Wednesday, March 2, 2011

Amateur Dressmaking

So last week I found an online tutorial for sewing a tank top dress. I really like these style dresses because they sit at the waist and can hide an unflattering mid-section. After getting a new sewing machine a few weeks back, I decided that it was time to break it in.

Originally, I found this tutorial from Cut Out and Keep. What really caught my eye was the shape, and style of the tank top portion. I had a tank that had the applique on the back portion, just like the photo shown here. It was in a beautiful emerald hue and I felt it would be perfect for this project. Although, I love this style, the tutorial itself is somewhat lacking. It also suggested using a t-shirt, and extra scraps for the skirt part. I was really uninterested in using leftover materials to make a dress, especially with the beautiful color of the tank top. So I went on the hunt for additional help and pointers in sewing something like this.

In my searching and reaching out for help, I found a much better idea from Talk2TheTrees. Using the same tank top as before, I embarked on finding the perfect fabric to make a complementing skirt to the color of the tank top. I settled on a quilters cotton that I got on sale at Jo-Ann's last week. I followed the second tutorial and in roughly 2 hours total I had a finished dress.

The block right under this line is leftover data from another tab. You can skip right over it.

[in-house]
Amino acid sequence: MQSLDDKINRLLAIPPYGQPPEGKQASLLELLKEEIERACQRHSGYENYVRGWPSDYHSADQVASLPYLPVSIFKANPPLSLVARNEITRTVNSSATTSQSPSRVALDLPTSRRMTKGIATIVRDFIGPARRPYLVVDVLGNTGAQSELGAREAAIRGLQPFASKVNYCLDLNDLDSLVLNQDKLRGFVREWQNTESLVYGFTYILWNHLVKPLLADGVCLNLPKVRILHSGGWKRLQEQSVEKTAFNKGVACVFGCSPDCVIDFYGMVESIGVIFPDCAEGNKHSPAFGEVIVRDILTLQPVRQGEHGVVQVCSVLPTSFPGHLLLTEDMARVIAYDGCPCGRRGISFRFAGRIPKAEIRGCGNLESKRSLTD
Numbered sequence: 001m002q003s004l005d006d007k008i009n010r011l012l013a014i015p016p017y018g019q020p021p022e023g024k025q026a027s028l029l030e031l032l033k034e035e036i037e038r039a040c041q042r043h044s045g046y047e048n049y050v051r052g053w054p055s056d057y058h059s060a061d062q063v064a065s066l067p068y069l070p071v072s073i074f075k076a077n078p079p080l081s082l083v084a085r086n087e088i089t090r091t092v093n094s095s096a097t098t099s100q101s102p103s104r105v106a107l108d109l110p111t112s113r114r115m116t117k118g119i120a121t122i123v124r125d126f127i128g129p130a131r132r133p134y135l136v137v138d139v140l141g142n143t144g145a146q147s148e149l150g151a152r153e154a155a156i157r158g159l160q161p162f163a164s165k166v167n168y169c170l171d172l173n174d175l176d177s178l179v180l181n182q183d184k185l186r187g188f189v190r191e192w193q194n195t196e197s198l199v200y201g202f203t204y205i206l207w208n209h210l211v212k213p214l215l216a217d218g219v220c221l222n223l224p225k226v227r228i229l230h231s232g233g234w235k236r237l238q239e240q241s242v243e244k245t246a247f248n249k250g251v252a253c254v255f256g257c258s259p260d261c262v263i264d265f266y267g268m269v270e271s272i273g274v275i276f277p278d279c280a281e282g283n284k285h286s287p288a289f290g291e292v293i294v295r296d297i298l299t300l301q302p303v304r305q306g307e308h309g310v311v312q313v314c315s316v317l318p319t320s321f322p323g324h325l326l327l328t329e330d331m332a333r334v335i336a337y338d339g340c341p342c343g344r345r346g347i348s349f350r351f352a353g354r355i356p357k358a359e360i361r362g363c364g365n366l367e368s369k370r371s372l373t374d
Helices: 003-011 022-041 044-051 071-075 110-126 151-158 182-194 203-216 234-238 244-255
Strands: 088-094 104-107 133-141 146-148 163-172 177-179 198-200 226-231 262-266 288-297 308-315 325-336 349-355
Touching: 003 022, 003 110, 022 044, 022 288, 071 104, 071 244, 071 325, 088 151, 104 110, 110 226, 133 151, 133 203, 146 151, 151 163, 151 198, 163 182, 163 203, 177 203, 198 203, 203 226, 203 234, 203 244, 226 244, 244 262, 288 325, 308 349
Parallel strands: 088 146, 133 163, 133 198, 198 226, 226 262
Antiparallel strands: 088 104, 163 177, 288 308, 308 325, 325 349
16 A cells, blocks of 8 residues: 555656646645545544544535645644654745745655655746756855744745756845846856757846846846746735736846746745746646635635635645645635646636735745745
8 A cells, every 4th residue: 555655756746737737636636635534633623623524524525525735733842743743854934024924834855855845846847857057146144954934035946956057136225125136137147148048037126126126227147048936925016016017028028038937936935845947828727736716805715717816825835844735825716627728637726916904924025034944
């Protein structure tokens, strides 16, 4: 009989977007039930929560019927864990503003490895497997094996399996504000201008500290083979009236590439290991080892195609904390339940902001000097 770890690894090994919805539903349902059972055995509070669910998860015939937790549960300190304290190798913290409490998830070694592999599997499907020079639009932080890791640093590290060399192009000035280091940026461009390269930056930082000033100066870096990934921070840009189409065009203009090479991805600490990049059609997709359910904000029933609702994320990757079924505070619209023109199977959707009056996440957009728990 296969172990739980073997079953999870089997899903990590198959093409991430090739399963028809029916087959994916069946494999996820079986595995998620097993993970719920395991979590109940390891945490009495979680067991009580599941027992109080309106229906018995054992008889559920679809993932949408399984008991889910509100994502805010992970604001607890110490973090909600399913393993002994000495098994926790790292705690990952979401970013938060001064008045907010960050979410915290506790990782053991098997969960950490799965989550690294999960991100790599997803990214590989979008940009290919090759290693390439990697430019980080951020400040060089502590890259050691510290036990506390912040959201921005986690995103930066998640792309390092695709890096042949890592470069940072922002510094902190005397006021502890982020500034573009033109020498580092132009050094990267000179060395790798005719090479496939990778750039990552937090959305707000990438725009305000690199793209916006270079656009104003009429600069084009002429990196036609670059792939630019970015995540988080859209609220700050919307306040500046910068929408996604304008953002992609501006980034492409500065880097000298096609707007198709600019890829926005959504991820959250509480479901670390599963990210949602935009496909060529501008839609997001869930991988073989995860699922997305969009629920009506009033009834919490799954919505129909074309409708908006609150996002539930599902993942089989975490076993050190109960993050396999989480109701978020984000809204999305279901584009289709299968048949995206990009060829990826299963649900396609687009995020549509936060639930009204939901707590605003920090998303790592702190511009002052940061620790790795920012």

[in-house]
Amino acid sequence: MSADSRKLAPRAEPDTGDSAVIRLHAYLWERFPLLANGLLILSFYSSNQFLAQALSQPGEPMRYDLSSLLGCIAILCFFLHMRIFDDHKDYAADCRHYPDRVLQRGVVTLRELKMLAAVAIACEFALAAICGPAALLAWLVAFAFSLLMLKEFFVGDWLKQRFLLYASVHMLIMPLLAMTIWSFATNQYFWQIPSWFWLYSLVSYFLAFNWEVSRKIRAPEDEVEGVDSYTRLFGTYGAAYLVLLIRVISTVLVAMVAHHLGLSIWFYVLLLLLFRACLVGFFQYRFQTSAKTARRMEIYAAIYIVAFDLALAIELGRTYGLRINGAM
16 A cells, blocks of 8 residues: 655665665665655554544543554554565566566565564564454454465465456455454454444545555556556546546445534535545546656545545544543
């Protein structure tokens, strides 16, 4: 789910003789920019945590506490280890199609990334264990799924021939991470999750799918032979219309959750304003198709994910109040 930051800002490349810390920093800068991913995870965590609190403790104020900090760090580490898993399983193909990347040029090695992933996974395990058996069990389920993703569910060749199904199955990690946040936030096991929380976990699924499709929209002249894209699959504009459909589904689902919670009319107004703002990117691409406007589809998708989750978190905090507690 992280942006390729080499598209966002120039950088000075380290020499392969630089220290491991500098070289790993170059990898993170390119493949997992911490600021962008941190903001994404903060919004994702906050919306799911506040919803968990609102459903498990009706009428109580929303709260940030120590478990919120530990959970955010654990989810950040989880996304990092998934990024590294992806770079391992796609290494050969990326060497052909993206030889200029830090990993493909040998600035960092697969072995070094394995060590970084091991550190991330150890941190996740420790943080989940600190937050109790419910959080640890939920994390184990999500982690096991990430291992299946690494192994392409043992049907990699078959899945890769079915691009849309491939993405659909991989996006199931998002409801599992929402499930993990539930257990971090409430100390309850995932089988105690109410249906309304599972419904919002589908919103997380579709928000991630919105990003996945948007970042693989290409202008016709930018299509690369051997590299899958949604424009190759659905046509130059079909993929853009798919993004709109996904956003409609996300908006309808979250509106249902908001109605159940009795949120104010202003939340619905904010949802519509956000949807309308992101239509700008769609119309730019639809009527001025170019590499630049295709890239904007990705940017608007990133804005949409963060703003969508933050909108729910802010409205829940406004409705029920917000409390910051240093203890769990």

I saved it for wearing at the Sedona Bridal Fair (which I will post about for Wedding Wednesday) and it was great! The second layer made a thicker skirt so I didn't have to worry about the color of my panties showing through. The ruffles and bubble skirt style gave volume that covered my problem areas. The instructions were so easy to follow. I had never sewn anything without a pattern before this so I was concerned about being able to pull it off, but I did! I plan on sending my grandma some photos of it so that she can see how great of a teacher she has been.

Now that I talked about my loves with the dress, let's talk about my issues. The tank top I used was too thin and structureless to hold the weight of the skirt. The top pulled down a little, but it just made my already large bust look HUGE. Also, given the size of my bust, I should have looked into a piece of elastic so that I could stretch the skirt over my bust. When I put it on, the stitches broke a little bit. For the first sewing machine project I have done in at least 8 years, I am happy with the result especially since I did not measure, or use a pattern.

Next time, I tackle something like this, I will look for a heavier tank top and a tutorial with pockets in the skirt!

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